With the abundance of nest predators that roam much of South Dakota’s prairies, Adam Mushitz said wildlife management is a vital component for maintaining a strong pheasant population. To protect the wild upland birds, the Mushitzes turn to trapping, which helps remove common nest predators in the area such as coyotes, raccoons and opossums.
Preserving the state’s pheasant population through increasing trapping efforts was part of South Dakota Gov. Kristi Noem’s main goal when she created the Nest Predator Bounty Program that wrapped up in July 2020. The program paid trappers $5 to $10 for submitting the tail of every pheasant nest predator that’s legally and properly trapped. Between the 4,000 participants of the bounty program -- which spanned from April to July in 2019 and 2020, the timeframe that pheasants are breeding in their nests -- the trappers caught and removed roughly 80,000 nest predators, according to the South Dakota Game, Fish and Park’s data.
Judging by the solid number of pheasants he’s seen over the past three months in the fields while guiding groups of hunters, Adam Mushitz said the bounty program has had a positive impact on the rooster population.
“I sure think the bounty program helped, because it gave more incentive to trap nest predators,” Adam Mushitz said. “The nest predators are definitely tough on the birds, so it’s an important part of it all. Habitat is the most important part, but trapping is another good way to help the big picture.”
Building the guiding business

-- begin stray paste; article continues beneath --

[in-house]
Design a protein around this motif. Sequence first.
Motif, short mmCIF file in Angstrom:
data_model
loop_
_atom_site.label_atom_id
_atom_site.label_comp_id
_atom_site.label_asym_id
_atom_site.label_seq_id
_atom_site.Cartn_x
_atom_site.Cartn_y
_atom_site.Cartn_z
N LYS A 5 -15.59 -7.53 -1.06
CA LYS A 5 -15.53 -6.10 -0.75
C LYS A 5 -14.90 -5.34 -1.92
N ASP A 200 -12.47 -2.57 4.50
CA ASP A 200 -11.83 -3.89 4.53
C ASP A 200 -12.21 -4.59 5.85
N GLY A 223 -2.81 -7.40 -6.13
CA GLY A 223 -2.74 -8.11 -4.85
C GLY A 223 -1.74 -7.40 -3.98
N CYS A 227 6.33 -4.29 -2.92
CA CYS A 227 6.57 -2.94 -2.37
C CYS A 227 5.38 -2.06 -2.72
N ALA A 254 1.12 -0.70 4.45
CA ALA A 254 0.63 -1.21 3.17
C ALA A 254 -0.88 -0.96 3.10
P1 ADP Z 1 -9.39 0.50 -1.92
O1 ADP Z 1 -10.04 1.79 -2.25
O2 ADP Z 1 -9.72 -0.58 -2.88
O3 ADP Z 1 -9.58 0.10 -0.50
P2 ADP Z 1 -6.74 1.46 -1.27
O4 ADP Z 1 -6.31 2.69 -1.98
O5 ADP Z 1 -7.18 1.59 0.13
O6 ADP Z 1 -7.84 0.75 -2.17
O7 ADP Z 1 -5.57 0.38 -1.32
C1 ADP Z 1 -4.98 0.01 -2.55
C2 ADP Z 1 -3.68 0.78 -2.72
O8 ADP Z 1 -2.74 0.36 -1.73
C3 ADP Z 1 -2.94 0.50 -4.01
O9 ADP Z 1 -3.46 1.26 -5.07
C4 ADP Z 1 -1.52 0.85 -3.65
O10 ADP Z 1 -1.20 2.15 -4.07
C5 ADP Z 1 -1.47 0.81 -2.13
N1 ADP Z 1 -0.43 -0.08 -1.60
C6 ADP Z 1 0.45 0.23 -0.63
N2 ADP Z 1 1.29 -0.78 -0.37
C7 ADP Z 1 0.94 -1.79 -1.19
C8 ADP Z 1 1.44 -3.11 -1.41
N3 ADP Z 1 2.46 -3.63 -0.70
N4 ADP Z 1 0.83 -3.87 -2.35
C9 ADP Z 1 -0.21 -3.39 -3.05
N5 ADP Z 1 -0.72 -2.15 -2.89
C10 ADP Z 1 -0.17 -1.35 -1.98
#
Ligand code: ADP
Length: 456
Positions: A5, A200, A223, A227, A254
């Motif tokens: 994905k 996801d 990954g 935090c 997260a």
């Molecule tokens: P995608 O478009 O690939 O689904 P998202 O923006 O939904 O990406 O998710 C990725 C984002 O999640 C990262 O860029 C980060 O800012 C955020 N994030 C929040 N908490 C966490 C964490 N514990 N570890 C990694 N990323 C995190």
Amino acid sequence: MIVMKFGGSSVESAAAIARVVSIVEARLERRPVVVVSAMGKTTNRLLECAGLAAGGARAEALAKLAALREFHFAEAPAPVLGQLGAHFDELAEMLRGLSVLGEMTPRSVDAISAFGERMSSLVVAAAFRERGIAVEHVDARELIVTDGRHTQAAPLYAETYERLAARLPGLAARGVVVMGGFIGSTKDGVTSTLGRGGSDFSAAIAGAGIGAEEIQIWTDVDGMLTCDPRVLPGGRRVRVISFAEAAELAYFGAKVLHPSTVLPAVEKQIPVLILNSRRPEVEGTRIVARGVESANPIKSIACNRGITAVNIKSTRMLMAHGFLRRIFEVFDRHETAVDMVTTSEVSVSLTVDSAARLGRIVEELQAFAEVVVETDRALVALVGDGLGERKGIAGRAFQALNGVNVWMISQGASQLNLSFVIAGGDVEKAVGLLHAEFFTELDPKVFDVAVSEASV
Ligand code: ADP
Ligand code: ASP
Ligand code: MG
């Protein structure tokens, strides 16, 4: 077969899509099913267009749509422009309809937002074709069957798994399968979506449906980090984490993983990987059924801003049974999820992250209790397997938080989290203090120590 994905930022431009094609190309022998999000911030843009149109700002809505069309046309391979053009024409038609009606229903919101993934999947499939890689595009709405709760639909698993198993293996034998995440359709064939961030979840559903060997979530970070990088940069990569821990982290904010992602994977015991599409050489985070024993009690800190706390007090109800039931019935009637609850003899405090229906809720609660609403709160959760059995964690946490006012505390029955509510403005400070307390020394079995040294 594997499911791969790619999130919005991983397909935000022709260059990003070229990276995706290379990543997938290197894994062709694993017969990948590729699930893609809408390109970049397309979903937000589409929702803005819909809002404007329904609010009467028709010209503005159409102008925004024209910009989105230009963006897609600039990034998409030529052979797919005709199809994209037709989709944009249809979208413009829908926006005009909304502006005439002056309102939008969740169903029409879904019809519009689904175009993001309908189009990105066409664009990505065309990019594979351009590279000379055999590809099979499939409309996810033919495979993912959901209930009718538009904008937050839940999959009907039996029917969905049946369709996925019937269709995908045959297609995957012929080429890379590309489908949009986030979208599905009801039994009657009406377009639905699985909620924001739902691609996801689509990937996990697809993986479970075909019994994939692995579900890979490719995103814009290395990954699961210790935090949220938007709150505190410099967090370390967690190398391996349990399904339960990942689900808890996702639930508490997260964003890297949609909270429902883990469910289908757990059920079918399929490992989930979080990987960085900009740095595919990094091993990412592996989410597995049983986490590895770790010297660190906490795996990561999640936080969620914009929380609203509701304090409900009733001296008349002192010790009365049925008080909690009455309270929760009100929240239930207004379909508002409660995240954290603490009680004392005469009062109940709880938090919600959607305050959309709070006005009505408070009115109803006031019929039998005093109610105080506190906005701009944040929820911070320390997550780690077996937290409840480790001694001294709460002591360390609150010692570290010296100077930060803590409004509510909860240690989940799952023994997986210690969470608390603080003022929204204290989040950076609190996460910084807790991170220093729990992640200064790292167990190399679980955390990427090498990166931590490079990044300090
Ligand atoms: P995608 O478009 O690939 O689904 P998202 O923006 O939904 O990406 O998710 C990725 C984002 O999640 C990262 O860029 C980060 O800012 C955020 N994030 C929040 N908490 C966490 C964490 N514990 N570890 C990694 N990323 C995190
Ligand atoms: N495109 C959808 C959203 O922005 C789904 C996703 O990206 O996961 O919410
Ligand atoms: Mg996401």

Before Bill Mushitz bought the land where the hunting lodge sits on today, he had farmed it for his friend since the 1980s. While he always had an interest in buying the land, that opportunity came in 2005, when land started to inflate.
After a handshake agreement to acquire the land from his friend who he met through pheasant hunting, Bill Mushitz said he needed to explore more revenue-generating options to pay off the large sum of land he owned. Opening a hunting lodge and guiding service was the answer he was looking for.
“One way to pay for it was through the hunting, and it worked out,” Bill Mushitz said.
Considering he had farmed the land for several decades and knew the layout well, Bill Mushitz had enough confidence in his hunting abilities to open a pheasant guiding service and lodge in the early 2000s.
“You get better and better each time you guide, but it helps knowing the land so well,” Bill Mushitz said. “It wasn’t easy starting this up, but it has worked out well. And have slowly added on over the years.”
When he began the guiding business, Bill Mushitz said he wanted it to be a family and friends-first type of operation. As the main guide who is now running the operation, Adam Mushitz has honored his father’s family-first motto.